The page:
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Indivisible Labor and Its Supply Elasticity: Do Taxes Explain European Employment?

  • Lars Ljungqvist

    ()

    (DEPT OF ECONOMICS STOCKHOLM SCHOOL OF ECONOMICS)

  • Thomas J. Sargent

We first scrutinize and challenge Prescott's (2002, 2004) quantitative analysis of the role of differences in taxes in explaining cross-country differences in labor market outcomes, and then defend an alternative model that assigns an important role to cross-country differences in social unemployment insurance institutions that Prescott argues can be safely ignored. In the process, we explore how the assumption of indivisible labor interacts with assumptions regarding the (in)completeness of financial markets and any frictions in the labor market, to determine the labor supply elasticity.

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File URL: http://repec.org/sed2006/up.17323.1140039244.pdf
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Paper provided by Society for Economic Dynamics in its series 2006 Meeting Papers with number 734.

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Date of creation: 03 Dec 2006
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Handle: RePEc:red:sed006:734
Contact details of provider: Postal: Society for Economic Dynamics Christian Zimmermann Economic Research Federal Reserve Bank of St. Louis PO Box 442 St. Louis MO 63166-0442 USA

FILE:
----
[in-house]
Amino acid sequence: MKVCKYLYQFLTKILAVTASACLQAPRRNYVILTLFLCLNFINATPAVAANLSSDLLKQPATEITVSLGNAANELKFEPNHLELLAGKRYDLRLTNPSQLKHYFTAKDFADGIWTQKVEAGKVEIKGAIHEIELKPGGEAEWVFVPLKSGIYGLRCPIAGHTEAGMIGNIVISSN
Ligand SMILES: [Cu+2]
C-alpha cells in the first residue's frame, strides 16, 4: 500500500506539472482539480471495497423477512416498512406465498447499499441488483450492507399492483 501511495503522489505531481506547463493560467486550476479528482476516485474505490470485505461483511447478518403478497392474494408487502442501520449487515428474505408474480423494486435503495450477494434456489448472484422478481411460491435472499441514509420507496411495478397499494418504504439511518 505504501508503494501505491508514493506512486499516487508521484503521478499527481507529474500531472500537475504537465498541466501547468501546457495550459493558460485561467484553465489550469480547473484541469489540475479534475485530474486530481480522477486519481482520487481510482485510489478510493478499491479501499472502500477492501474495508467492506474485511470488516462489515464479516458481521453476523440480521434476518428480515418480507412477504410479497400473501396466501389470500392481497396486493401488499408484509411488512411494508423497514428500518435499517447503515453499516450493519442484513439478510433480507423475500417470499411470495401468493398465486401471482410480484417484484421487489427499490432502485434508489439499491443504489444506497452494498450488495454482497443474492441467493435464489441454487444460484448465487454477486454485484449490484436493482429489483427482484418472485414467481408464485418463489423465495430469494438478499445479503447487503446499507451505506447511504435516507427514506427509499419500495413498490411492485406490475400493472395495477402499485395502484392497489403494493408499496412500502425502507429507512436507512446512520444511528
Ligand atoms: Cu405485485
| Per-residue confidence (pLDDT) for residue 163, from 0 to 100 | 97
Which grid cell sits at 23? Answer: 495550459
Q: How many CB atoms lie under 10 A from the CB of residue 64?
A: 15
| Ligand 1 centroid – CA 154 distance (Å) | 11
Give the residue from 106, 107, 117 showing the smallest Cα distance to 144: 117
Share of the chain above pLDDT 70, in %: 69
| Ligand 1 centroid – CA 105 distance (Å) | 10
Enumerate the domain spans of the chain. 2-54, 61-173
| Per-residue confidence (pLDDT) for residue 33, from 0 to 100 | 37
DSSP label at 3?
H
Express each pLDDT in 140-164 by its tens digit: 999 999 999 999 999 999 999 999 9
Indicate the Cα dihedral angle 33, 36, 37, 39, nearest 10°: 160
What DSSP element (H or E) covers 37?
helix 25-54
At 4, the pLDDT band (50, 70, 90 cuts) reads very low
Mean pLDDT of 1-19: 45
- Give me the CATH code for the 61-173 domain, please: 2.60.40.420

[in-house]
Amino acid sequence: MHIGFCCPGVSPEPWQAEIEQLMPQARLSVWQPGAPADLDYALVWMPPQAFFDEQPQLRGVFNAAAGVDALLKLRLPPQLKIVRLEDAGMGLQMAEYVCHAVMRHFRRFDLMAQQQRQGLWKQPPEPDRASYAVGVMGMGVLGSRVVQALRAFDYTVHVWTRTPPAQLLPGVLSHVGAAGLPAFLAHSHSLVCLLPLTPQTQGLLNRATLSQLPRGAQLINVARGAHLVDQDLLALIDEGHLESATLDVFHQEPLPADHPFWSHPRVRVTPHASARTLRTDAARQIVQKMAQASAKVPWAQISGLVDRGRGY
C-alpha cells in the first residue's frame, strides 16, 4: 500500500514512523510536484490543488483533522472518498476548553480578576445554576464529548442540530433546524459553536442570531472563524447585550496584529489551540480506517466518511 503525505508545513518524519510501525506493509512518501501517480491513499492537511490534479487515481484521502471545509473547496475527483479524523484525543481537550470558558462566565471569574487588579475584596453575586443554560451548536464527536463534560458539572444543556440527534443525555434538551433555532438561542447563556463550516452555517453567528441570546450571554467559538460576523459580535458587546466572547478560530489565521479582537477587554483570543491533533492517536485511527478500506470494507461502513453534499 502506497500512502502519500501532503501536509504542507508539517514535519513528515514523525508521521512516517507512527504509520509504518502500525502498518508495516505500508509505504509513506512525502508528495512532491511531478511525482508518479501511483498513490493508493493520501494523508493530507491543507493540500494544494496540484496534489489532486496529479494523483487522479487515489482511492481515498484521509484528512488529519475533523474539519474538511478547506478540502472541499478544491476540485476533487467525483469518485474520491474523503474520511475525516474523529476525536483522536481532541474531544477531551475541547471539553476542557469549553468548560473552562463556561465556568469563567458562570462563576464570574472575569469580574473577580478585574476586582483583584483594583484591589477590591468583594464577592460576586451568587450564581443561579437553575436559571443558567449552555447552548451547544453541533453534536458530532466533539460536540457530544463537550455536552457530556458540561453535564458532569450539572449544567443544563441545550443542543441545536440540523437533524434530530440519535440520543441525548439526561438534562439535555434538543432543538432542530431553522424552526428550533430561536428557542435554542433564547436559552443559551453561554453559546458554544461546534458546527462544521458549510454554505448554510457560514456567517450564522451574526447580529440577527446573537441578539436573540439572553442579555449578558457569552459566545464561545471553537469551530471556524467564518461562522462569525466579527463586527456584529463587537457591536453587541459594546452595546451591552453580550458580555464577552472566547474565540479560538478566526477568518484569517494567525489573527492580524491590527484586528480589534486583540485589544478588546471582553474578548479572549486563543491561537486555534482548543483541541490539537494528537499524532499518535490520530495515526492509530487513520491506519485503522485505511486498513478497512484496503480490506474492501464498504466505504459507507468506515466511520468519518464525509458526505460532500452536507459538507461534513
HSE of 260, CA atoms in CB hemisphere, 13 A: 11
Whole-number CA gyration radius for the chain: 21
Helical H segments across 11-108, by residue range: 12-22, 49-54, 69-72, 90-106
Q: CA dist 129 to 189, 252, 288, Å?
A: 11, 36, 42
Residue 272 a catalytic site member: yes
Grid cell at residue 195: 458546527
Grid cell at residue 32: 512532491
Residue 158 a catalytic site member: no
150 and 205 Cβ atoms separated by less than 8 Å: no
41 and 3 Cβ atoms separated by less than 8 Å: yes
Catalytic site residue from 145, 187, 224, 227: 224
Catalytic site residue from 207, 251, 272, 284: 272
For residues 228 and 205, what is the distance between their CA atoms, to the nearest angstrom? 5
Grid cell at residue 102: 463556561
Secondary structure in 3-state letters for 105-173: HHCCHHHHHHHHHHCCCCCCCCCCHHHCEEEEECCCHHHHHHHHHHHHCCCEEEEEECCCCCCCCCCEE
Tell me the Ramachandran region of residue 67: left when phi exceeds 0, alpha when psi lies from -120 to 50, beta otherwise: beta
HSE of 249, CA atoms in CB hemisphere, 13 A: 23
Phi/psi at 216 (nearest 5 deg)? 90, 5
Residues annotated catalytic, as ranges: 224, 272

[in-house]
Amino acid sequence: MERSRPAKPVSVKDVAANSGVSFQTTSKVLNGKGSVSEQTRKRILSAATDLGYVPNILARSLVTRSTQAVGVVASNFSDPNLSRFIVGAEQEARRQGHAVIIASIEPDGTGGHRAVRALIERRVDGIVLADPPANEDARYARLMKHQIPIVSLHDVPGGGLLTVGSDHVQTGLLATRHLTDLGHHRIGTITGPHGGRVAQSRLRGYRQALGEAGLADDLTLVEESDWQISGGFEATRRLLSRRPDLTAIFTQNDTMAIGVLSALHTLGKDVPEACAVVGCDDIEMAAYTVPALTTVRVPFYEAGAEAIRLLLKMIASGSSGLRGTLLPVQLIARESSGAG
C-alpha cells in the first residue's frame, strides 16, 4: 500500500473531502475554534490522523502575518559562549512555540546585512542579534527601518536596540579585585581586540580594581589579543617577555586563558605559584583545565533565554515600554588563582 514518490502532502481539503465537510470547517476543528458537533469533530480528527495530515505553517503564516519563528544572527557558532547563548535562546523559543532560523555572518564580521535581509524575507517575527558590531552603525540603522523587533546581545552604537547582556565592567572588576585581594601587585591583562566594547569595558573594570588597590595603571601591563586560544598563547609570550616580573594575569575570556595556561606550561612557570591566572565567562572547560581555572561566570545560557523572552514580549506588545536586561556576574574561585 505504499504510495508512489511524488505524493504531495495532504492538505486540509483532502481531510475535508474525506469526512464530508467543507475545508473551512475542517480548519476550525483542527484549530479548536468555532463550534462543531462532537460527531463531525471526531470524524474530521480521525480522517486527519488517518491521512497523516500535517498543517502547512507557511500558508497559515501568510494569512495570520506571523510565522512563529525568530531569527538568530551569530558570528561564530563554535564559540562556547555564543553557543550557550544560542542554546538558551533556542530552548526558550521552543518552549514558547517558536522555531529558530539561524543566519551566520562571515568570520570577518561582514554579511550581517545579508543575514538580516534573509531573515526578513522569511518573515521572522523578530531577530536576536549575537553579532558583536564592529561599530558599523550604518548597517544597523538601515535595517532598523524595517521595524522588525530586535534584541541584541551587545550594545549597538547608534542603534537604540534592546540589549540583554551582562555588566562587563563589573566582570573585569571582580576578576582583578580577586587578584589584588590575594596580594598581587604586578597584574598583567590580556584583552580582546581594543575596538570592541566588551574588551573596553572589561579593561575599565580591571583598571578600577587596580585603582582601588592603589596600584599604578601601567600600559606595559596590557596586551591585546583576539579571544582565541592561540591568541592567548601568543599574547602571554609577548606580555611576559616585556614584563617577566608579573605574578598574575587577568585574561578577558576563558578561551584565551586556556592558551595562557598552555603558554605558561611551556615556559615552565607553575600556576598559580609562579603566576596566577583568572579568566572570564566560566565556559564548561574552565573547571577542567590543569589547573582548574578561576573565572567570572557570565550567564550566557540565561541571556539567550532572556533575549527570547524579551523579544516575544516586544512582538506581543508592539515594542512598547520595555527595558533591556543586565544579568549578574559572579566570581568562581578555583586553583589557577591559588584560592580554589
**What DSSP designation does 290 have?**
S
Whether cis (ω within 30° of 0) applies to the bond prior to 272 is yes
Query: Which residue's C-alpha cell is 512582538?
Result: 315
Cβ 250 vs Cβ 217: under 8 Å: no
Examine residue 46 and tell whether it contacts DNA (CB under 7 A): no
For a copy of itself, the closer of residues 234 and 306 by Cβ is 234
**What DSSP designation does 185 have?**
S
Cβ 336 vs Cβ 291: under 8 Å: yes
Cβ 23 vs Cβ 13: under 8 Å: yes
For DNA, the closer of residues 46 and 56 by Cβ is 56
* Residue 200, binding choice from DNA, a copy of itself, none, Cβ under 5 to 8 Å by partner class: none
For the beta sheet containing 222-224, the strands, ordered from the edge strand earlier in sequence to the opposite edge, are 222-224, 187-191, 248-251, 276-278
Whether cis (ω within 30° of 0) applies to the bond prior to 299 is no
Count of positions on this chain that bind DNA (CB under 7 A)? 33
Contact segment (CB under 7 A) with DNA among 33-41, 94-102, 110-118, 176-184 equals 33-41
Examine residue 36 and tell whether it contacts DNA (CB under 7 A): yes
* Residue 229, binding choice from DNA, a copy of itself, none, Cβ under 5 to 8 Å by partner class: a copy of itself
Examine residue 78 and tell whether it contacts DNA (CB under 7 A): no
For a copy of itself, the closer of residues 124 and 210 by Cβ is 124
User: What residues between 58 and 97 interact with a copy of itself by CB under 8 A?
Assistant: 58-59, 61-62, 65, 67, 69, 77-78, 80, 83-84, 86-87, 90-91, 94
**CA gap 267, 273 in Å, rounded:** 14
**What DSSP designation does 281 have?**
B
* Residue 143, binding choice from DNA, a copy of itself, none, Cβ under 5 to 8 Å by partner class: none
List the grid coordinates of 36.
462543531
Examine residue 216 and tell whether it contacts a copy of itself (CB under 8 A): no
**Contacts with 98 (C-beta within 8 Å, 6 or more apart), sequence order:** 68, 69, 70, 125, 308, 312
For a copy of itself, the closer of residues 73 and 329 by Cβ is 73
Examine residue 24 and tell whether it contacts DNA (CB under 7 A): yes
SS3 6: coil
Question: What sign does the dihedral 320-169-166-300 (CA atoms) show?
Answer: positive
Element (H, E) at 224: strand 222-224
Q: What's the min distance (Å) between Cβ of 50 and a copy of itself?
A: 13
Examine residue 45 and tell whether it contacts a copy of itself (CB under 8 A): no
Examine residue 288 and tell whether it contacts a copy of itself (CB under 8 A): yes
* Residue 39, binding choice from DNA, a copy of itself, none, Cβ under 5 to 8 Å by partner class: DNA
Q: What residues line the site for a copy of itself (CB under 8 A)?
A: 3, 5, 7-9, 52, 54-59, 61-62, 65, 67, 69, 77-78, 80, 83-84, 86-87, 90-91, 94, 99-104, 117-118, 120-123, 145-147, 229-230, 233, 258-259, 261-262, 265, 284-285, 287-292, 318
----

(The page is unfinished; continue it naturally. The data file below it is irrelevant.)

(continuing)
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  1. Hansen, Gary D., 1985. "Indivisible labor and the business cycle," Journal of Monetary Economics, Elsevier, vol. 16(3), pages 309-327, November.
  2. Gary D. Hansen & Ayse Imrohoroglu, 1990. "The Role of Unemployment Insurance in an Economy with Liquidity Constraints and Moral Hazard," UCLA Economics Working Papers 583, UCLA Department of Economics.
  3. Hopenhayn, Hugo & Rogerson, Richard, 1993. "Job Turnover and Policy Evaluation: A General Equilibrium Analysis," Journal of Political Economy, University of Chicago Press, vol. 101(5), pages 915-38, October.
  4. Aiyagari, S Rao, 1994. "Uninsured Idiosyncratic Risk and Aggregate Saving," The Quarterly Journal of Economics, MIT Press, vol. 109(3), pages 659-84, August.
  5. Rogerson, Richard, 1988. "Indivisible labor, lotteries and equilibrium," Journal of Monetary Economics, Elsevier, vol. 21(1), pages 3-16, January.
  6. Susumu Imai & Michael P. Keane, 2004. "Intertemporal Labor Supply and Human Capital Accumulation," International Economic Review, Department of Economics, University of Pennsylvania and Osaka University Institute of Social and Economic Research Association, vol. 45(2), pages 601-641, 05.
  7. Ed Nosal & Peter Rupert, 2007. "How Amenities Affect Job and Wage Choices Over the Life Cycle," Review of Economic Dynamics, Elsevier for the Society for Economic Dynamics, vol. 10(3), pages 424-443, July.
  8. Ananth Seshadri & Rodolfo Manuelli, 2005. "Human Capital and the Wealth of Nations," 2005 Meeting Papers 56, Society for Economic Dynamics.
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